Continued here: 
Harbor town in Germany unveils urban-chic hostel made out of repurposed shipping containers

Housing pods made of recycled plastic offer an alternative to festival tent waste

December 27, 2018 by  
Filed under Business, Green, Recycle

Comments Off on Housing pods made of recycled plastic offer an alternative to festival tent waste

Outdoor festivals and events have been popular across the world since the days of Roman gladiators and for good reason. They are a great way to enjoy music, art and other entertainment while being surrounded by nature. Unfortunately, festivals are also associated with a lot of waste. One company, Above All C6(n) , is leading efforts to find a solution for the temporary tent accommodations that often get left behind at these events. With the knowledge that thousands of tents get tossed after major festivals, the company created the Pod(o), a reusable sleeping pod made from recycled, single-use plastic rather than virgin materials. Charlie Hall, founder and managing director of Above All C6(n), said, “People were really interested in the technology behind it as well as the design, but what makes it especially appealing is the fact that it, like all our building components, provides a use for single-use plastic , which is a truly global problem.” Related: 100% recyclable cardboard tents could solve the waste problem at music festivals In addition to repurposing plastic originally headed to the landfill, Above All designed the Pod(o) to be multi-purpose and durable. The modular design makes the pods adaptable for a variety of uses. They are stackable, can be linked together and can even connect to  solar power , a water supply and a bio toilet. For portability, the pods can be taken apart, transported and set up in another location by just a few people. The goal is for the Pod(o) to be used again and again for years as a replacement for single-use tents at many events. Currently, the design of the Pod(o) accommodates two people, but the company is working to scale the design for larger options. Based out of Christchurch, Dorset, U.K., Above All has also designed other modular and portable structures intended for community use. The company focus is aimed at fixing problems within the construction and housing markets, such as waste during and after construction, longevity of products and shortage of availability. Beginning with the initial idea of sturdy and reusable festival lodging, it didn’t take long for the company to envision other uses for the pods. Now, it plans to promote them as a solution for all types of temporary housing needs: people in between accommodations, those affected by natural disaster, military persons or firefighters stationed remotely, workers designated to a construction site, people at sporting tournaments and workers and visitors to other pop-up events. “We aim to create a local sustainable legacy,” Bex Ricketts, the business development manager of Above All, told Inhabitat. “Collect locally, employ locally, make locally, re-use locally and benefit local charities. Sustainable as engineered for zero-waste , 100 percent reusable and lasts indefinitely. Creating a legacy is most important, as something that has been created to last for generations has to be useful and designed to be future proof.” + Above All Via Archinect Images via Above All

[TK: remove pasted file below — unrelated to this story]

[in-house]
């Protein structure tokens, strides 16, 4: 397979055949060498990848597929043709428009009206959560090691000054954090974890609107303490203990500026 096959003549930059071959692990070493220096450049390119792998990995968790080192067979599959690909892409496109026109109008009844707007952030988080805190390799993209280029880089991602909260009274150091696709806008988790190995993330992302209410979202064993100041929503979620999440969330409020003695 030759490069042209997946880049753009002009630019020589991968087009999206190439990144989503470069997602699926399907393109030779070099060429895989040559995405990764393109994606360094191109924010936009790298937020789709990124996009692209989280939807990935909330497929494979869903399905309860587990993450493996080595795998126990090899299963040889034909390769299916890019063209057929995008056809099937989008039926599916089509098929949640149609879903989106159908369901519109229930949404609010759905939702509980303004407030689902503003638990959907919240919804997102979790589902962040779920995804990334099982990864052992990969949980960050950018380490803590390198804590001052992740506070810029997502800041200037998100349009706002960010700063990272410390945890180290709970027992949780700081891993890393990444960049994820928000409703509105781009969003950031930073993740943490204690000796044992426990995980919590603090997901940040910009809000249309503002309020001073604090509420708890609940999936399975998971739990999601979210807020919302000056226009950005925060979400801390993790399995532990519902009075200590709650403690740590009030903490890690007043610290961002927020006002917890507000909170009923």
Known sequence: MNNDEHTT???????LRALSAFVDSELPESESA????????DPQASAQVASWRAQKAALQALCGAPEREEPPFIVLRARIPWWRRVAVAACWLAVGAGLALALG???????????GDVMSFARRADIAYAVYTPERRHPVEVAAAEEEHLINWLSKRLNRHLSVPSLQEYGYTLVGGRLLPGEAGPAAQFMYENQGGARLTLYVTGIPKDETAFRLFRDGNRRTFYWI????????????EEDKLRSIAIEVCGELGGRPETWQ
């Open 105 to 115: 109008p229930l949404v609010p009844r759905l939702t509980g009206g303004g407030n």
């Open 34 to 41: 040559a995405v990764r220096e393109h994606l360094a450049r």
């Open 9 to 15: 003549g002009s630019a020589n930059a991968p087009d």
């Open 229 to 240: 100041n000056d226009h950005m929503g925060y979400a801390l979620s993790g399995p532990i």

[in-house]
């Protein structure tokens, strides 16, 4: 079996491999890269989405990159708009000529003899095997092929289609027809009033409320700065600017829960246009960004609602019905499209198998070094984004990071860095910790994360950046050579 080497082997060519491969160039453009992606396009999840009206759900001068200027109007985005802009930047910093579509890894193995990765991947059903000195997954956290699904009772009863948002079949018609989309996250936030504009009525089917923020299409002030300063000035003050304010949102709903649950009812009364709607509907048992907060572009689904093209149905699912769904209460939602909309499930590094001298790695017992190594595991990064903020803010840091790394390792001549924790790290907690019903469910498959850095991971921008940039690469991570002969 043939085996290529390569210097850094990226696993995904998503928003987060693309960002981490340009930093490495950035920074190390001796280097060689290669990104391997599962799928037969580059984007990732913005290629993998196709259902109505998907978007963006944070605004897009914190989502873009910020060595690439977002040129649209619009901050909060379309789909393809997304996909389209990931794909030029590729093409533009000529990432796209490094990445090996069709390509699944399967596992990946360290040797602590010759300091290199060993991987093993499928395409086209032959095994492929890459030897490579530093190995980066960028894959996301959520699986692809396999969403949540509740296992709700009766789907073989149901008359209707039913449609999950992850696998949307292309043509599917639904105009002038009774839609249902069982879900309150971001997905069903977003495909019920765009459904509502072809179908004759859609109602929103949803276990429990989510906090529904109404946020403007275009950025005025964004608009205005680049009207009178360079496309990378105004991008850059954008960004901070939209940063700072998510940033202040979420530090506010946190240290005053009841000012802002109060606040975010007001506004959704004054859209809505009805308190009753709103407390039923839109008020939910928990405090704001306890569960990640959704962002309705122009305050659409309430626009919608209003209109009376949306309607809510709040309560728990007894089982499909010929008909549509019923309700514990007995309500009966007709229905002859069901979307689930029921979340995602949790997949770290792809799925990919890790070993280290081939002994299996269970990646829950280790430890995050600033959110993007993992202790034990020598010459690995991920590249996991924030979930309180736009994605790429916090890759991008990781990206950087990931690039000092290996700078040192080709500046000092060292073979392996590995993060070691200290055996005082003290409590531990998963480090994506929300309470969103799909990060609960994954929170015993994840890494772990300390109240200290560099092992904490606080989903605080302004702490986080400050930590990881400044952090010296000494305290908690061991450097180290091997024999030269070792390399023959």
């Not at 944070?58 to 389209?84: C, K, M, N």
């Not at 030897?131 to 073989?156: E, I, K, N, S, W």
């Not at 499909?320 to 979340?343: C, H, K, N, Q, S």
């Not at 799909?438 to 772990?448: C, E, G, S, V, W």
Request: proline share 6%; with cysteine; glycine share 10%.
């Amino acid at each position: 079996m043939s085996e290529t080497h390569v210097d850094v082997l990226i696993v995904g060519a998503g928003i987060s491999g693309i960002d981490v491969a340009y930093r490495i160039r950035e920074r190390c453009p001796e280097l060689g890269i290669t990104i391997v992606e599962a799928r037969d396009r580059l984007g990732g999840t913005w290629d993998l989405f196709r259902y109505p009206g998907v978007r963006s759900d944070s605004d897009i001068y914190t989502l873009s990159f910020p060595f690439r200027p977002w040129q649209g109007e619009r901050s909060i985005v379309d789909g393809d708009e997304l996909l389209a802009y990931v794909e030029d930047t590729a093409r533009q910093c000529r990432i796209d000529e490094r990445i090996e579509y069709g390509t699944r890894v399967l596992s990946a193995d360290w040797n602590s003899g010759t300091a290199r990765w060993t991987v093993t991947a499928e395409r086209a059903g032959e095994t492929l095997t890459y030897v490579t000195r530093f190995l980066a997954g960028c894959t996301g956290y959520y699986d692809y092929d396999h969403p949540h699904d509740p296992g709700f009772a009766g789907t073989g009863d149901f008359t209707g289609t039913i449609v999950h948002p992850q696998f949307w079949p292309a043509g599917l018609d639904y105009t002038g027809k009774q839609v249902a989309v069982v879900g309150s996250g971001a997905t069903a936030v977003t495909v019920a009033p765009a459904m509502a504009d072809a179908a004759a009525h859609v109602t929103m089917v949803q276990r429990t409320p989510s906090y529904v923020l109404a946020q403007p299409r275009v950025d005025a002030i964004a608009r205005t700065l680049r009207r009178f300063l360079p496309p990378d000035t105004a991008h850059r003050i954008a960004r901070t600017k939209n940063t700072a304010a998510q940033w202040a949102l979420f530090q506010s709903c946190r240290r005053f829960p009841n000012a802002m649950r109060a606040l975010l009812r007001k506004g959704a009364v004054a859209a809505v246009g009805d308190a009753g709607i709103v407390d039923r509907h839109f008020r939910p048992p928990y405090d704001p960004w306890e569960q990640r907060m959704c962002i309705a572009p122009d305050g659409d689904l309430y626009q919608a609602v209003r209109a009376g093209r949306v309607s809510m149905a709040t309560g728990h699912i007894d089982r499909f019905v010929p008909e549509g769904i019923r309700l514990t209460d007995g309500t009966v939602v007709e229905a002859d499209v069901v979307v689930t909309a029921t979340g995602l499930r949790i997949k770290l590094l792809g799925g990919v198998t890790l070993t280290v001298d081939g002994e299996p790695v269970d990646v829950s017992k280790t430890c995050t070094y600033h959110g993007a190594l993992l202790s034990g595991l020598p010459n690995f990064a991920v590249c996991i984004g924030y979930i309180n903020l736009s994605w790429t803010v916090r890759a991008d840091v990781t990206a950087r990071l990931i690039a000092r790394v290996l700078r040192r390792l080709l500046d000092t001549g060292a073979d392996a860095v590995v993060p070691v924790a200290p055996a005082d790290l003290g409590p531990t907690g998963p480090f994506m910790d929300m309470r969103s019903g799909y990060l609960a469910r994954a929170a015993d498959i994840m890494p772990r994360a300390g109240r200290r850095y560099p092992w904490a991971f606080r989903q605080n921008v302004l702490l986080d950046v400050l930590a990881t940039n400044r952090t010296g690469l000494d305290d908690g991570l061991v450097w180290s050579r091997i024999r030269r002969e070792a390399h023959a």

Here is the original post: 
Housing pods made of recycled plastic offer an alternative to festival tent waste

« Previous PageNext Page »

Bad Behavior has blocked 1142 access attempts in the last 7 days.